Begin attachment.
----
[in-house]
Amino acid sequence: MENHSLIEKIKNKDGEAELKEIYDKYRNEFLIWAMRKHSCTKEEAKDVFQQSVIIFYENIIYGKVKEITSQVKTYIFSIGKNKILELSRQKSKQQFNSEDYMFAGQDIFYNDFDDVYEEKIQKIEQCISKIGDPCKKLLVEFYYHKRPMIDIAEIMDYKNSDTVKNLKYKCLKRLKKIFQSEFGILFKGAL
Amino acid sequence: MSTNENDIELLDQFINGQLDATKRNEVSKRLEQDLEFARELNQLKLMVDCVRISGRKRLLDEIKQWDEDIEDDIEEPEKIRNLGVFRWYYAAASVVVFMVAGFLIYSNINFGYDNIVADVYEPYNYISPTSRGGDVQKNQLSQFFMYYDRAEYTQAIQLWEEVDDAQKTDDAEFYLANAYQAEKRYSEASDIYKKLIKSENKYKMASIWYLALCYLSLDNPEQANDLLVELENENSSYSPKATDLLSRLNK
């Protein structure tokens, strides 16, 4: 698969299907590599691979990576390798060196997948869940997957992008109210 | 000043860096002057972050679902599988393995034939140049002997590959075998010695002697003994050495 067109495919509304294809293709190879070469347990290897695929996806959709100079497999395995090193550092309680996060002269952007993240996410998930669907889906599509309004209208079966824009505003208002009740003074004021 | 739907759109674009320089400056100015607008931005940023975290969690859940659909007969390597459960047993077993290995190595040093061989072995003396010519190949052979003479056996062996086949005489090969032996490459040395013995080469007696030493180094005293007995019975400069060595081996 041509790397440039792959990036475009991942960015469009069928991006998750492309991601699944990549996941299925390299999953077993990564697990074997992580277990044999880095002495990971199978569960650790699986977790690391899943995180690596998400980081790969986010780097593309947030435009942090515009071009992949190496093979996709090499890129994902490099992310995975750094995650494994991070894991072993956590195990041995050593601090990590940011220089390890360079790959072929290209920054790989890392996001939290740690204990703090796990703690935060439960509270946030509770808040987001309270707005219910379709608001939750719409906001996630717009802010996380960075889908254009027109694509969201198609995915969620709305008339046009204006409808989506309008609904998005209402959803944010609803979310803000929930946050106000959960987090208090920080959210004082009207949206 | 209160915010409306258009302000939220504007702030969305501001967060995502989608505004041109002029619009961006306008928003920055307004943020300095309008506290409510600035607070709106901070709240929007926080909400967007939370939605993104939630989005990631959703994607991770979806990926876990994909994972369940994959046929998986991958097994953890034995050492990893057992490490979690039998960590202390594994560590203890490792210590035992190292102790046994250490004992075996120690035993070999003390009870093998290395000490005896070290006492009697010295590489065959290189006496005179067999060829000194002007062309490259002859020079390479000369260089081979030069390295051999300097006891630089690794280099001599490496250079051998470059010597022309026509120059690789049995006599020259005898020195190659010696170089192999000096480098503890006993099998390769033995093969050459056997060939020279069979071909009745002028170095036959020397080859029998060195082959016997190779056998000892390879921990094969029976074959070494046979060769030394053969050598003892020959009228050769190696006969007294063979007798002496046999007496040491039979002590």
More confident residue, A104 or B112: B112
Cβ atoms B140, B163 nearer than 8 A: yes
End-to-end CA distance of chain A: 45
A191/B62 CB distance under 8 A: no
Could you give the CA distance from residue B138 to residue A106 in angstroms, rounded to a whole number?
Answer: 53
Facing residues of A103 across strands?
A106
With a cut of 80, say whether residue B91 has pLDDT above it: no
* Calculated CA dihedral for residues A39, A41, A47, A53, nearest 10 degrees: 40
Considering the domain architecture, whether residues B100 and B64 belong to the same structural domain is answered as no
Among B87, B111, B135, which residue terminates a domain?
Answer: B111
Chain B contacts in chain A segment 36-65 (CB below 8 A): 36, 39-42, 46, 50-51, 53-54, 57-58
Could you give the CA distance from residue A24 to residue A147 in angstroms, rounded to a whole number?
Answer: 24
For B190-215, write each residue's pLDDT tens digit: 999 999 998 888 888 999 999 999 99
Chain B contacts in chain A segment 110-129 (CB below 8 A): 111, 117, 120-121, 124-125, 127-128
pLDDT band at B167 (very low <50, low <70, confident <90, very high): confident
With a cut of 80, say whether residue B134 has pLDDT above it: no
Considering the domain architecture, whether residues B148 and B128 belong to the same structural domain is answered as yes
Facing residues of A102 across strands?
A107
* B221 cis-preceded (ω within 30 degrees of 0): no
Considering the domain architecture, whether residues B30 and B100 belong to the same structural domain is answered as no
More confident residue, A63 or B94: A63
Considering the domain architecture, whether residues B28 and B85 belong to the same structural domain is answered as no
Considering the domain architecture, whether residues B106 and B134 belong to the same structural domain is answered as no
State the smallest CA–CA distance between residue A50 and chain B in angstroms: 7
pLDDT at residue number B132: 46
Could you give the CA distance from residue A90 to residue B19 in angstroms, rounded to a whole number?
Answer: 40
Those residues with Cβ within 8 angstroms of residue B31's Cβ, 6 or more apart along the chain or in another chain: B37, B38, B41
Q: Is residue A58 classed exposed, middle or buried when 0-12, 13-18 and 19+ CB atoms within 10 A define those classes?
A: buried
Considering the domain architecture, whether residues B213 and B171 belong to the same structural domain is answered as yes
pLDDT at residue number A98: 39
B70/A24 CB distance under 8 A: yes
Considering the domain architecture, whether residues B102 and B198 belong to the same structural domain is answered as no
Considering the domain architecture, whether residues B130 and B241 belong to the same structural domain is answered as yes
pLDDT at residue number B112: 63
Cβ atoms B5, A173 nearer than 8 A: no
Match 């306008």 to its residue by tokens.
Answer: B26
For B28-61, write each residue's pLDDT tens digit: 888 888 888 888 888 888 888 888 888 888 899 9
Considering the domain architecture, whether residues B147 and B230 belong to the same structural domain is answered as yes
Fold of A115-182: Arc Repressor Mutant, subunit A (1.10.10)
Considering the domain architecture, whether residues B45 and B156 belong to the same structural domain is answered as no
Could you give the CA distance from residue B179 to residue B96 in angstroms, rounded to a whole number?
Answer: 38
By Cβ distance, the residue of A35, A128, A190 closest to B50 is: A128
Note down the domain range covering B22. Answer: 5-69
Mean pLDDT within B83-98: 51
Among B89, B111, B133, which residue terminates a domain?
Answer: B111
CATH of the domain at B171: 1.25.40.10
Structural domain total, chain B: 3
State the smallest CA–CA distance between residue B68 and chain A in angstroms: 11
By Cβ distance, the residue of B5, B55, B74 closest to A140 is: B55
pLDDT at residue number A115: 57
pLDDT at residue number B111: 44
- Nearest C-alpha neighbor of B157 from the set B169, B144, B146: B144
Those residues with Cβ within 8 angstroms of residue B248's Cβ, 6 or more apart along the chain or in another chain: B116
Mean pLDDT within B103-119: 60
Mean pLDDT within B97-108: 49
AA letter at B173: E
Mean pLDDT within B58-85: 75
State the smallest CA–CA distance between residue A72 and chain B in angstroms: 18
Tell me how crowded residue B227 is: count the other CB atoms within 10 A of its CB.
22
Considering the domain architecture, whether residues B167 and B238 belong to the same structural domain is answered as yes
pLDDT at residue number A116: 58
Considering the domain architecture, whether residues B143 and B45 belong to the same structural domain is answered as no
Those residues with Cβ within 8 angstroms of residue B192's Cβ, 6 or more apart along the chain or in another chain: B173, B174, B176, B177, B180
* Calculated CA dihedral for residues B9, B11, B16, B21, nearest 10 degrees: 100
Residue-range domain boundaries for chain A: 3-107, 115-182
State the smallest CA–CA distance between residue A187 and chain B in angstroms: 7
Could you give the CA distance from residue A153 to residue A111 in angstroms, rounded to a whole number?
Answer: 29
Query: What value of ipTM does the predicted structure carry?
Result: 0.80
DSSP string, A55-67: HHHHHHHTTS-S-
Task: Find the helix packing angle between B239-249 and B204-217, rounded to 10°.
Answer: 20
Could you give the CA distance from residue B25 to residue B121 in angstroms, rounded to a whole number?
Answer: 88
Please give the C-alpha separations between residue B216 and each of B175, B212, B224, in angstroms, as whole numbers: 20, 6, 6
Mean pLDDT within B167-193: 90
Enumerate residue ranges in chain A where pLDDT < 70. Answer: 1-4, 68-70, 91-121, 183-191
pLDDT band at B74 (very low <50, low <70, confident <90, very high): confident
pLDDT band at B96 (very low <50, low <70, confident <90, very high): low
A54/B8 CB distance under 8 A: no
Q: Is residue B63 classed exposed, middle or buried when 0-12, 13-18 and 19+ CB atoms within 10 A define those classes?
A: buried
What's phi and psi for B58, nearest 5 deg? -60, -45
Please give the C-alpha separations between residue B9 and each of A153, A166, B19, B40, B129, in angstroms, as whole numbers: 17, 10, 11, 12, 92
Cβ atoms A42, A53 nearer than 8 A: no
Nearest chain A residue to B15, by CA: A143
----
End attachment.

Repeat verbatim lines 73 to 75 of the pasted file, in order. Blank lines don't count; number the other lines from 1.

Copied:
Tell me how crowded residue B227 is: count the other CB atoms within 10 A of its CB.
22
Considering the domain architecture, whether residues B167 and B238 belong to the same structural domain is answered as yes